The Book Thief is the latest in a new genre of films showing the conflict from a German point of view. Have we reached a watershed moment in our ability to recognise – even empathise – with victims on both sides?
Hollywood has dreamed up some dastardly baddies over the years. But since the Second World War, not even Darth Vadar or the Wicked Witch of the West has provided a more reliable source of “boo hiss” than real-life Nazis.
For 70 years the war film genre has been a straightforward struggle between good and bad – the heroic Allies versus the demonic Nazis. The Third Reich is an instant means to shock and scare.
It’s less problematic for popcorn munching audiences to tar all war-time Germans with the same brush – from high ranking officers to ordinary Deutschers. All were complicit. All were guilty.
In terms of creating a simple plot, this all makes perfect sense. Hollywood thrives on good versus evil. It makes a good story.
But something’s happened of late in the film industry that suggests the issue of collective German guilt is no longer so black-and-white.
This week’s cinema release of The Book Thief is the latest in a new genre that shows the war from a German point of view.
The Boy in the Stripped Pajamas (2008) was among the first to take a nuanced view, looking at the horror of the Holocaust through the eyes a concentration camp commandant’s son.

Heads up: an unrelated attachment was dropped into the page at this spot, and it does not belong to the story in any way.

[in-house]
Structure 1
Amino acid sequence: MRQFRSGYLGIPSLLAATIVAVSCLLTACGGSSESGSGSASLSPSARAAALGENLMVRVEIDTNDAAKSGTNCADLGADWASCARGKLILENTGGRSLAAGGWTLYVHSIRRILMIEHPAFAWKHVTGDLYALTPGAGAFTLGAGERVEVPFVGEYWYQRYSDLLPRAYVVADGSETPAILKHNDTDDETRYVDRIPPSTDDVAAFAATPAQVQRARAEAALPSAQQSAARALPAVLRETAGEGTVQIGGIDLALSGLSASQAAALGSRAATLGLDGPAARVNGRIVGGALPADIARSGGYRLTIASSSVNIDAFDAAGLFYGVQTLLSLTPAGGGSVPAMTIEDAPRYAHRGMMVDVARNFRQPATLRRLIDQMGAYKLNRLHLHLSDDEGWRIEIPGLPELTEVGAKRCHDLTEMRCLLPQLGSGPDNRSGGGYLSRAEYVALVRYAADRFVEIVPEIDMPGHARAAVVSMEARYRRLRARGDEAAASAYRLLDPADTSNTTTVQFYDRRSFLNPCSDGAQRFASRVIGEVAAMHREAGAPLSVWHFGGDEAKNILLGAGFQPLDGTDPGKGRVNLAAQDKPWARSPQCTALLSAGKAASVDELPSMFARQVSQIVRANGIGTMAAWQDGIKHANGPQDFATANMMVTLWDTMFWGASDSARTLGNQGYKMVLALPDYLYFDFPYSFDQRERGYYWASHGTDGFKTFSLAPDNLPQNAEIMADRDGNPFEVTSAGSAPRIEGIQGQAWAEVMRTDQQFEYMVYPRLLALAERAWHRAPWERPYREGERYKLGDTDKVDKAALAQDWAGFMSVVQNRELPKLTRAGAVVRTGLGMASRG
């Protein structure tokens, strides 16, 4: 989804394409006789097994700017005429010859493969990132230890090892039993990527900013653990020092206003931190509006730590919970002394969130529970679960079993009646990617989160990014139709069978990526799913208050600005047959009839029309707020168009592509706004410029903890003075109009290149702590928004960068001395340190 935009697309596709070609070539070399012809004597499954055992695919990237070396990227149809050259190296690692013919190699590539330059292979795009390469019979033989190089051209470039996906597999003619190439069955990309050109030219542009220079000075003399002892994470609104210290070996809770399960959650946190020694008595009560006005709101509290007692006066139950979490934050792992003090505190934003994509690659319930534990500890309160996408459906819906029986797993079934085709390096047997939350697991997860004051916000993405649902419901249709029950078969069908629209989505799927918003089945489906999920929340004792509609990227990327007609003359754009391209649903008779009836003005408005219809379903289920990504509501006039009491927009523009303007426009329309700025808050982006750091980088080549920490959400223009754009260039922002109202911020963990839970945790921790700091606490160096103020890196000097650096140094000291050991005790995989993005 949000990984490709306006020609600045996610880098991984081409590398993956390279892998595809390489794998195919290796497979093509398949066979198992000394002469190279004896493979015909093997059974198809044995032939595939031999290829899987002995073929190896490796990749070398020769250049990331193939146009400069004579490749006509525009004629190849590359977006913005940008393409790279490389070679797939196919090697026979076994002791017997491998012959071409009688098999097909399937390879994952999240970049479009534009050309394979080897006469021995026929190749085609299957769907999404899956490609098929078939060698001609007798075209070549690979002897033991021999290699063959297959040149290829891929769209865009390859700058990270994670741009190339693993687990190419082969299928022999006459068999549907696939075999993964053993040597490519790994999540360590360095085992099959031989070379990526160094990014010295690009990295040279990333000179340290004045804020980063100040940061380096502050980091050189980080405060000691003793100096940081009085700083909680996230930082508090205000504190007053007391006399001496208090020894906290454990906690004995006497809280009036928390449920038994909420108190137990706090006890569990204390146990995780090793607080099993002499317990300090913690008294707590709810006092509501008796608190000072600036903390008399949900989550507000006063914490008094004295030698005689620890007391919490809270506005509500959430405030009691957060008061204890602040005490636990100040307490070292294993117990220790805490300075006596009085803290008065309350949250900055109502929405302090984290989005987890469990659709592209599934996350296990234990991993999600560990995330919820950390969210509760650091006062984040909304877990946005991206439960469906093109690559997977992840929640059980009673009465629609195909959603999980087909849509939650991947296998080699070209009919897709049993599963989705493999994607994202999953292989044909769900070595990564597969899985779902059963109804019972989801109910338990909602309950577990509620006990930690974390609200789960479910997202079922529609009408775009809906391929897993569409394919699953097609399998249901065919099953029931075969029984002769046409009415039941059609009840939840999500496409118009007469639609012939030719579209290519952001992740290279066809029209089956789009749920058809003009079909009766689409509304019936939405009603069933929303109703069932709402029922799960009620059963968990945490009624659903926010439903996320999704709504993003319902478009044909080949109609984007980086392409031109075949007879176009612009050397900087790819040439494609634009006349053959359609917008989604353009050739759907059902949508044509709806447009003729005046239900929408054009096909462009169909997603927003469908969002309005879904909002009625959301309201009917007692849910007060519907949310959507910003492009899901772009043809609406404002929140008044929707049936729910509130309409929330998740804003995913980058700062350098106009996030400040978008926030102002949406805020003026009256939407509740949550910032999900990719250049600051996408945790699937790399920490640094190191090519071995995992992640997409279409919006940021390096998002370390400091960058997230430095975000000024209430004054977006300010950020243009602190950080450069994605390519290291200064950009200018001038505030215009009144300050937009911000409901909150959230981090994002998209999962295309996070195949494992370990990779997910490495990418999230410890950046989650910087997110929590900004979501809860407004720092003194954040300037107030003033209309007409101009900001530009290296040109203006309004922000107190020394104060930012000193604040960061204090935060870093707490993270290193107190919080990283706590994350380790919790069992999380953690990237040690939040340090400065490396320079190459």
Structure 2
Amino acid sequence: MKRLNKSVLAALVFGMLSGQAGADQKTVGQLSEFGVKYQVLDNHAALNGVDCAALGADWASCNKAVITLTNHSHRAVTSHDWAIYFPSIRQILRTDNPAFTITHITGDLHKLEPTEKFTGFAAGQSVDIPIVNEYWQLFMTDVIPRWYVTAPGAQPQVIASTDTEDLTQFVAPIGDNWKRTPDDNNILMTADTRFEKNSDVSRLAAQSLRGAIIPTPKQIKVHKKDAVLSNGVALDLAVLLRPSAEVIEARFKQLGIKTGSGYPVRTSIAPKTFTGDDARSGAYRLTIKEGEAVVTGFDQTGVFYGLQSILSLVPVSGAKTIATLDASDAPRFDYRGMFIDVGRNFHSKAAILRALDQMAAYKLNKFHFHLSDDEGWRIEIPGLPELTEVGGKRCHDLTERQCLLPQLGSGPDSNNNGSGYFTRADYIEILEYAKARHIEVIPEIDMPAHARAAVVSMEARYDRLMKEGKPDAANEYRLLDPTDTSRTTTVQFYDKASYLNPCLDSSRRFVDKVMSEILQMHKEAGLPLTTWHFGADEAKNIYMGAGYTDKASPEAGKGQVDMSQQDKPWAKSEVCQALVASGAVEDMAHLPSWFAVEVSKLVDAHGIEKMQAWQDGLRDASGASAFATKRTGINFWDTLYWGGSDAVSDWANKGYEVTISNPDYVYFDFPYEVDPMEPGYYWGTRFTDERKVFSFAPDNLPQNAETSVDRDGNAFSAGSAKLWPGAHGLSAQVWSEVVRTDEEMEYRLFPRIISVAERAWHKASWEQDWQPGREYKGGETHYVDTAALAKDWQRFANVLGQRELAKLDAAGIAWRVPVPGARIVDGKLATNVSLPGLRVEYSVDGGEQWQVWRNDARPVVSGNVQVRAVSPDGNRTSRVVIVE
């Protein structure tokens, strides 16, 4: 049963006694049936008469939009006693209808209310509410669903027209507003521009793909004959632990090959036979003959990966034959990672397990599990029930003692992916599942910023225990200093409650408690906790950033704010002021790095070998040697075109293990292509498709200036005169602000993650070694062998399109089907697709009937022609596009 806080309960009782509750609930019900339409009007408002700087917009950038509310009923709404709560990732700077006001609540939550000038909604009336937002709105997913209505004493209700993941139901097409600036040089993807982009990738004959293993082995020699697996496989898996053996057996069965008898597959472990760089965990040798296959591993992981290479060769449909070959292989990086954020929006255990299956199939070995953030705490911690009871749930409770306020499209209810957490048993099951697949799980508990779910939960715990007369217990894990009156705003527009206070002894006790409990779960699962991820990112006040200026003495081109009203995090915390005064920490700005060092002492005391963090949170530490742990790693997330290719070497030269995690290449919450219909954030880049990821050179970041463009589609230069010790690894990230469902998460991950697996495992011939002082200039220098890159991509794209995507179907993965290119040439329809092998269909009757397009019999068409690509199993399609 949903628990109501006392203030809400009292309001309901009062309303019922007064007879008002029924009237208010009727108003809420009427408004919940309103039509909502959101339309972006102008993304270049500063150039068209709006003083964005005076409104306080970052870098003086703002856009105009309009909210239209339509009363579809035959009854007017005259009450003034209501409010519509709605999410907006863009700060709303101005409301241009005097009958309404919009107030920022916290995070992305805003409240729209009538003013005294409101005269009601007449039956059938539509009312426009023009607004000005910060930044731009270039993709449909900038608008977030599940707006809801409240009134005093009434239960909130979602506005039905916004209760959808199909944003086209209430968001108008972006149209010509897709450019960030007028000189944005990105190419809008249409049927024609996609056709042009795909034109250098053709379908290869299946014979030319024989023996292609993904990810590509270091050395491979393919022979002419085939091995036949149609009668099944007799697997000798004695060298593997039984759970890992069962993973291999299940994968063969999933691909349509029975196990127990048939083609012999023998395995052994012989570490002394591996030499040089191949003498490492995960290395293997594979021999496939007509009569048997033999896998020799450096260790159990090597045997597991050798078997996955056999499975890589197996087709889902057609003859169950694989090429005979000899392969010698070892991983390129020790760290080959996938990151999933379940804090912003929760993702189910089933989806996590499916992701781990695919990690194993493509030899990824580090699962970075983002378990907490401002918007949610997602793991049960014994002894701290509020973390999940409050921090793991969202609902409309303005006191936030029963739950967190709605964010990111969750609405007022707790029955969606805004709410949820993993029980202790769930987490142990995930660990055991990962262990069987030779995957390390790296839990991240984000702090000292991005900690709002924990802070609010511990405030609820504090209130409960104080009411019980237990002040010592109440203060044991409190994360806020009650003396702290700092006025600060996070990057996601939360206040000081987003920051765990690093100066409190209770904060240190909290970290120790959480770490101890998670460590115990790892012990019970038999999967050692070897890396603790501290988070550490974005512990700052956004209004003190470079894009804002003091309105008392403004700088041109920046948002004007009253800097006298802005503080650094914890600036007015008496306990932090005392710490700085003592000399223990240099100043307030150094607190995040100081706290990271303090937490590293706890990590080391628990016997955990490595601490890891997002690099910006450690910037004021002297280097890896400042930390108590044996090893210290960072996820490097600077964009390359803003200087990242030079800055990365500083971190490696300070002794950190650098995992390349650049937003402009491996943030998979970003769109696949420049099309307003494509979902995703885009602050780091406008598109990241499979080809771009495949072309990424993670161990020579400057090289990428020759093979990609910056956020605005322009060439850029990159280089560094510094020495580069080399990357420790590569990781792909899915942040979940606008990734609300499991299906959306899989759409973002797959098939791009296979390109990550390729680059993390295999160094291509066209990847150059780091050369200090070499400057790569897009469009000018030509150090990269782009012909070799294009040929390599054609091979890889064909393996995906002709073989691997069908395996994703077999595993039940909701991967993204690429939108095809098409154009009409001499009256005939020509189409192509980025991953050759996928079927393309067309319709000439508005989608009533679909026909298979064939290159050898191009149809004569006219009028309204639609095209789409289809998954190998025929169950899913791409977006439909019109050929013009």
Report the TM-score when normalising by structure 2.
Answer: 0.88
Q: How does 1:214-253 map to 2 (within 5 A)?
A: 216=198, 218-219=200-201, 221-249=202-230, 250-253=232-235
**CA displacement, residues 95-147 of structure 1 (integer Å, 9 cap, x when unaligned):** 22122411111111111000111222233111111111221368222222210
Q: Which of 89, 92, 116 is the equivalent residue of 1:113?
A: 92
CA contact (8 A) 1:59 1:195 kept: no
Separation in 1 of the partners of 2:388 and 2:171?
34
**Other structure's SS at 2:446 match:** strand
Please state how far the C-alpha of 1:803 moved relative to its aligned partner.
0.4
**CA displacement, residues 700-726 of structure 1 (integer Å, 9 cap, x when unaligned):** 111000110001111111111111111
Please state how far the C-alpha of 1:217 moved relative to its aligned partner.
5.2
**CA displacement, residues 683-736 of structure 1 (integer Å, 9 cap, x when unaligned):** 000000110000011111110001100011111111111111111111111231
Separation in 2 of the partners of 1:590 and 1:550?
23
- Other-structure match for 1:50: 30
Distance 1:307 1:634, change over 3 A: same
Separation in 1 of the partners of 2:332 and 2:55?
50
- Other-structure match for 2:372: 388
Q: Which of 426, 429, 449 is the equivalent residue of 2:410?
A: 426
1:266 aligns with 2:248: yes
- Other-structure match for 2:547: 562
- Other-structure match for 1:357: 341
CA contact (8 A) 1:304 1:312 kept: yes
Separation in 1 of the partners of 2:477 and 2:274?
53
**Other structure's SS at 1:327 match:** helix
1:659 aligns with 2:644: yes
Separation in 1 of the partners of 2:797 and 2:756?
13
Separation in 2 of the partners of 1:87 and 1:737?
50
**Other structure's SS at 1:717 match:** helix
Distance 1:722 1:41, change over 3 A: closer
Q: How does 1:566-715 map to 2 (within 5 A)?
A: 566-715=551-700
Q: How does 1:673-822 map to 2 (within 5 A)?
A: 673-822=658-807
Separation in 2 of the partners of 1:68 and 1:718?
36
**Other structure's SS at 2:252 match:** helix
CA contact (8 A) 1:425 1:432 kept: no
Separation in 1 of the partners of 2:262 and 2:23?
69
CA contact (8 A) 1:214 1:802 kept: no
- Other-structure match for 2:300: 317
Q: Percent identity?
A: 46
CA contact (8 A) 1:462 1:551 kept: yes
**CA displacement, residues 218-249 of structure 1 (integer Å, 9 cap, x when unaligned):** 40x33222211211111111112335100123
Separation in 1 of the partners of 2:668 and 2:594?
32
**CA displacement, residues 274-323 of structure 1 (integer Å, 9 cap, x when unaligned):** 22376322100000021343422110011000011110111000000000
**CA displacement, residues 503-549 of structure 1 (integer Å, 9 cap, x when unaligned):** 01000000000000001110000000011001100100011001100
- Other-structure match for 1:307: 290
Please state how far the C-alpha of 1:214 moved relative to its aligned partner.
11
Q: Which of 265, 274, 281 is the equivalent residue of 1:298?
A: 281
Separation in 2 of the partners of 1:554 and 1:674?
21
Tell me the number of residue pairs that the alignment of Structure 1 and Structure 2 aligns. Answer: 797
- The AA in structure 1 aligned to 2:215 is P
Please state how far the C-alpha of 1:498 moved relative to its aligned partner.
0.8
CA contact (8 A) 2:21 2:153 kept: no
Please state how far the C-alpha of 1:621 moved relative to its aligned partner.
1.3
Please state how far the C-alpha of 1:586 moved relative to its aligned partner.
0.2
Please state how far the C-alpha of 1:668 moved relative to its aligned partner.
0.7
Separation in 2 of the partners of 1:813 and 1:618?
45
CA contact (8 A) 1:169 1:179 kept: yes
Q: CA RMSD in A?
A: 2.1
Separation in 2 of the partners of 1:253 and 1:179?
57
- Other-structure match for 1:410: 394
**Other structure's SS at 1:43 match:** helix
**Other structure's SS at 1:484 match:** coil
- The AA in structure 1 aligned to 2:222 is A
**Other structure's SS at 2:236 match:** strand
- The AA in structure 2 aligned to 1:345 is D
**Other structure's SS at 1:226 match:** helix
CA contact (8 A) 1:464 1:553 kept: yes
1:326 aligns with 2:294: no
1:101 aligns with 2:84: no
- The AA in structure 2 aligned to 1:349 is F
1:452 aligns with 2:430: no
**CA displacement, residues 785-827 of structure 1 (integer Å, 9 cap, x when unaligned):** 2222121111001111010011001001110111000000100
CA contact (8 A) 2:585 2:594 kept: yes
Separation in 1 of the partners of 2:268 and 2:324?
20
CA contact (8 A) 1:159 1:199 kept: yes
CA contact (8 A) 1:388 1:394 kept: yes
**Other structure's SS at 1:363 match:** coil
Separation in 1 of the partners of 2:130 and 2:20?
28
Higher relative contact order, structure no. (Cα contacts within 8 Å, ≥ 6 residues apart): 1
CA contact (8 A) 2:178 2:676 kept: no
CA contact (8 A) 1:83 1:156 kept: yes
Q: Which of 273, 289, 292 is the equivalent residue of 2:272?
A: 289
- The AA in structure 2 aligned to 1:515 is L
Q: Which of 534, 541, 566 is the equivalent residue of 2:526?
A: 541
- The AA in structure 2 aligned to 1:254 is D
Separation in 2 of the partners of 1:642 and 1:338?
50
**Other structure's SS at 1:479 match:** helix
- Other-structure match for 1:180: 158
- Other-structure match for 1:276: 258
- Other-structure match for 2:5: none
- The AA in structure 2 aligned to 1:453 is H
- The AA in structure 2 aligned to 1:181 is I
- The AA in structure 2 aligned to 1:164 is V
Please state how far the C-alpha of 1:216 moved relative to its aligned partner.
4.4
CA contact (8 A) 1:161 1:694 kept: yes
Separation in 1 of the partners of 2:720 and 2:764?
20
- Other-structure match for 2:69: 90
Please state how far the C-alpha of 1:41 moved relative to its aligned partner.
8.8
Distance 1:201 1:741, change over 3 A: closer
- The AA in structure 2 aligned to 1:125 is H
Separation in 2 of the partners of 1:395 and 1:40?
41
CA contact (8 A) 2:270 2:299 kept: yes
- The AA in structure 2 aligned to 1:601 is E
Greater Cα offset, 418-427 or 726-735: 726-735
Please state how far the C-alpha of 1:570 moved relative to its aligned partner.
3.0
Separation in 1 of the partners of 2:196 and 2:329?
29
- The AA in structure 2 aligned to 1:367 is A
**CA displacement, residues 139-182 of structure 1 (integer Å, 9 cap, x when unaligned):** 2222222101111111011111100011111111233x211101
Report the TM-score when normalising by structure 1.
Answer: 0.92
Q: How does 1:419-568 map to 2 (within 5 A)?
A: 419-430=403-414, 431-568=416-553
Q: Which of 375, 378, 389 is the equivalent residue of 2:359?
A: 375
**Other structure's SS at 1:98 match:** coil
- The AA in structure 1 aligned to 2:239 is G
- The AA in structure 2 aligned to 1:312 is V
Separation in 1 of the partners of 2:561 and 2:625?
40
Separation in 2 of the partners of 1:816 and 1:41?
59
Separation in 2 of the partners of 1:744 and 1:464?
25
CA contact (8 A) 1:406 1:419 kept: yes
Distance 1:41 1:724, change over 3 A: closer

Then The Reader (2008) trod the muddy moral waters of a female SS guard’s war crimes trial. It proved a goose step too far for many – especially in the Jewish community – who found the portrayal of a Nazi as a sympathetic character deeply troubling.
Then Lore (2012) followed the children of a Nazi officer as they travelled across post-war Germany after their father’s arrest.
The Book Thief continues the theme, looking at Kristallnacht, book burning and the Hitler Youth from a nine-year-old Aryan orphan’s perspective.
Individually, these films might seem exceptions to the black-and-white rule. Together, they feel like a new shade of grey – a watershed moment in our ability to recognise – even empathise – with victims on both sides.
To hear the German point of view.
Of course a great many people, for good reason, simply aren’t ready or willing to hear it. For them there can be no ambiguity because the entire German nation was to blame, to a degree, for the Holocaust. At worst they were complicit in the crime; at best they were bystanders who allowed blind hatred to turn into unparalleled genocide.
They were all, to use author Daniel Goldhagen’s famous phrase, Hitler’s willing executioners.
This painful reckoning with the past is something for subsequent generations to grapple with more dispassionately. It may take another 70 years to settle on a more balanced and accurate assessment of the Second World War. That Hitler was everyone’s tragedy.
First published at www.independent.co.uk
The Book Thief cinema trailer…